SAN DIEGO -- Citicorp unveiled a new electronic access system Monday for its global wholesale banking clients.

The product, called Citibanking, was announced here at the Treasury Management Association's annual conference.

The system is meant to build transaction revenue by making it easier for companies to execute funds transfers and securities trades through Citicorp units worldwide.

A Huge Investment

"We think it will revolutionize the way customers do business with us," said Robert E. Terkhorn, Citicorp's managing director of global cash-management services.

Mr. Terkhorn and Citicorp has in vested tens of millions of dollars in Citibanking, which has been in development for two years.

Anita W. Emard, a Citicorp vice president who helped design the product, said the company expects to recover its investment within two years of a full commercial launching, which is to begin in the second quarter of next year.

The payoff will come from increases in cash-management and securities-processing business and reductions in operating costs through the elimination of a multitude of older electronic access products for various wholesale banking services.

Seen Leading the Pack

Other banking companies, including Chase Manhattan Corp. and J.P. Morgan & Co., are said to be working on electronic access products similar to Citicorp's. But some observers said Citicorp appears to be ahead of the pack by a year or so and that its lead could help it win new business.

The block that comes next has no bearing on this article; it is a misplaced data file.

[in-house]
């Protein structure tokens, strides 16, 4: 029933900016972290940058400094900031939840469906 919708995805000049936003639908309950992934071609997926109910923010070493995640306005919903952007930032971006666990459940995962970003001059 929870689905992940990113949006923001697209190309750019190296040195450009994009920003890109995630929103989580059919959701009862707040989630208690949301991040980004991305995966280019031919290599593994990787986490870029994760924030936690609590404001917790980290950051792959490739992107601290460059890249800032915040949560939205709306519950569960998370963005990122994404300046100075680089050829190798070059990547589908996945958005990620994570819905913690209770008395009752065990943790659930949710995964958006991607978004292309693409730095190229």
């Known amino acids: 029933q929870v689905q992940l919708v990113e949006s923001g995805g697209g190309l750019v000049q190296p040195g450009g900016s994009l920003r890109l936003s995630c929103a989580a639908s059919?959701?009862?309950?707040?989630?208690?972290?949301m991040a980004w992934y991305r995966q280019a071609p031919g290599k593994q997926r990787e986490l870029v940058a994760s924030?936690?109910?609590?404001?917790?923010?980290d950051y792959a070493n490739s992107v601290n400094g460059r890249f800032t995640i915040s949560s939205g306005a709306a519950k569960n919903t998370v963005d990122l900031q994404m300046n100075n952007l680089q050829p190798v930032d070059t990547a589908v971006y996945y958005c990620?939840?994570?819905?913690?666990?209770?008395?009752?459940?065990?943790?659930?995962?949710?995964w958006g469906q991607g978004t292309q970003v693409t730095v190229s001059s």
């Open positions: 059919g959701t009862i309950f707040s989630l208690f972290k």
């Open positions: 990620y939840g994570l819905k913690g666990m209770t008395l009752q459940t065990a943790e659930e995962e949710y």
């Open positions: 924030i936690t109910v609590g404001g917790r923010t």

"It's still fairly unusual and ought to provide them a competitive advantage," said Diane Glossman, vice president and bank stock analyst at Salomon Brothers Inc., New York.

Citibanking has two components, one consisting of software on Citicorp's computers, the other, of programs on a corporate customer's computer.

The product will be able to gather information from Citicorp units in 52 countries, including most of Western Europe, Japan, Hong Kong, Singapore, and the United States.

The customer software can run on mainframes, over a network of personal computers, or on a single workstation running Microsoft Corp.'s Windows operating system.

Ms. Emard said Citibanking was targeted at some 800 corporations that use a multitude of the bank's services in several countries. A handful of unnamed customers are now using Citibanking or installing it, she added.

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